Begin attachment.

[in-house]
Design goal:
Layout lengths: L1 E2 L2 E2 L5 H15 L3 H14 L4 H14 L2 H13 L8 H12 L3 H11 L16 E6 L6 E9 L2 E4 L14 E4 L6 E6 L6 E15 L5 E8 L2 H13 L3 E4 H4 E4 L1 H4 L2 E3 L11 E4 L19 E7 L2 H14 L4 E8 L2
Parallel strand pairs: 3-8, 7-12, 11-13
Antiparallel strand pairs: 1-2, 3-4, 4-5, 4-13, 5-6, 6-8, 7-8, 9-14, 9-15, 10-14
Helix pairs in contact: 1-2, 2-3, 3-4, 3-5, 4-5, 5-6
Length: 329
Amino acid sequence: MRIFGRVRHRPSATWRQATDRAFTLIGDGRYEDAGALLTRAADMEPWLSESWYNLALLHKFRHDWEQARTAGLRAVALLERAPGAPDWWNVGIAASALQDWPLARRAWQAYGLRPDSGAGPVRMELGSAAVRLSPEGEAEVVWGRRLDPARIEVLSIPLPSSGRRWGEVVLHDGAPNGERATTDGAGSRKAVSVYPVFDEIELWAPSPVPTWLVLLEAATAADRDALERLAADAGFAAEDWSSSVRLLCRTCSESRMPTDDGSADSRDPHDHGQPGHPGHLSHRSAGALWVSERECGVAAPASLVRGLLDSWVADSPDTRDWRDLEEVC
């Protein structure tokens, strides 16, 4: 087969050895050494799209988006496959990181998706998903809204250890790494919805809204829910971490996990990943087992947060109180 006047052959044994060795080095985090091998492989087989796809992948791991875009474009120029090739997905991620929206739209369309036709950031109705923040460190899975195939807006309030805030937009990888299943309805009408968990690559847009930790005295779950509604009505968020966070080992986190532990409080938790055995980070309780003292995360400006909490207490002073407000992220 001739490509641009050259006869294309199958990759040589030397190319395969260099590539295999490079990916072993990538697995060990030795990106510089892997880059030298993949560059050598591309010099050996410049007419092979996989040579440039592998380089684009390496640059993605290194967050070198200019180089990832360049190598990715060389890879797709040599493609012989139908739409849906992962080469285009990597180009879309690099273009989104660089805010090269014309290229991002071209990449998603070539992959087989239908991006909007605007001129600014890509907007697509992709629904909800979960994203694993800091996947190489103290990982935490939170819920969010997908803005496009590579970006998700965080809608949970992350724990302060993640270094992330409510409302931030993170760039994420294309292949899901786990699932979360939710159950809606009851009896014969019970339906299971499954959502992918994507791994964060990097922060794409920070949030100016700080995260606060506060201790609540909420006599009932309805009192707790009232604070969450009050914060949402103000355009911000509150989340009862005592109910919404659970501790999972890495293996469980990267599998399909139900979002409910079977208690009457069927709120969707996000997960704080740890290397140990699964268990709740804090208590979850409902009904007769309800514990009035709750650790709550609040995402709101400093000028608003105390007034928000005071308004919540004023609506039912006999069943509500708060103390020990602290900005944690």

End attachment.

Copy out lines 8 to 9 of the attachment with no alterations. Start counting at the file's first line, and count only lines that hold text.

Amino acid sequence: MRIFGRVRHRPSATWRQATDRAFTLIGDGRYEDAGALLTRAADMEPWLSESWYNLALLHKFRHDWEQARTAGLRAVALLERAPGAPDWWNVGIAASALQDWPLARRAWQAYGLRPDSGAGPVRMELGSAAVRLSPEGEAEVVWGRRLDPARIEVLSIPLPSSGRRWGEVVLHDGAPNGERATTDGAGSRKAVSVYPVFDEIELWAPSPVPTWLVLLEAATAADRDALERLAADAGFAAEDWSSSVRLLCRTCSESRMPTDDGSADSRDPHDHGQPGHPGHLSHRSAGALWVSERECGVAAPASLVRGLLDSWVADSPDTRDWRDLEEVC
């Protein structure tokens, strides 16, 4: 087969050895050494799209988006496959990181998706998903809204250890790494919805809204829910971490996990990943087992947060109180 006047052959044994060795080095985090091998492989087989796809992948791991875009474009120029090739997905991620929206739209369309036709950031109705923040460190899975195939807006309030805030937009990888299943309805009408968990690559847009930790005295779950509604009505968020966070080992986190532990409080938790055995980070309780003292995360400006909490207490002073407000992220 001739490509641009050259006869294309199958990759040589030397190319395969260099590539295999490079990916072993990538697995060990030795990106510089892997880059030298993949560059050598591309010099050996410049007419092979996989040579440039592998380089684009390496640059993605290194967050070198200019180089990832360049190598990715060389890879797709040599493609012989139908739409849906992962080469285009990597180009879309690099273009989104660089805010090269014309290229991002071209990449998603070539992959087989239908991006909007605007001129600014890509907007697509992709629904909800979960994203694993800091996947190489103290990982935490939170819920969010997908803005496009590579970006998700965080809608949970992350724990302060993640270094992330409510409302931030993170760039994420294309292949899901786990699932979360939710159950809606009851009896014969019970339906299971499954959502992918994507791994964060990097922060794409920070949030100016700080995260606060506060201790609540909420006599009932309805009192707790009232604070969450009050914060949402103000355009911000509150989340009862005592109910919404659970501790999972890495293996469980990267599998399909139900979002409910079977208690009457069927709120969707996000997960704080740890290397140990699964268990709740804090208590979850409902009904007769309800514990009035709750650790709550609040995402709101400093000028608003105390007034928000005071308004919540004023609506039912006999069943509500708060103390020990602290900005944690």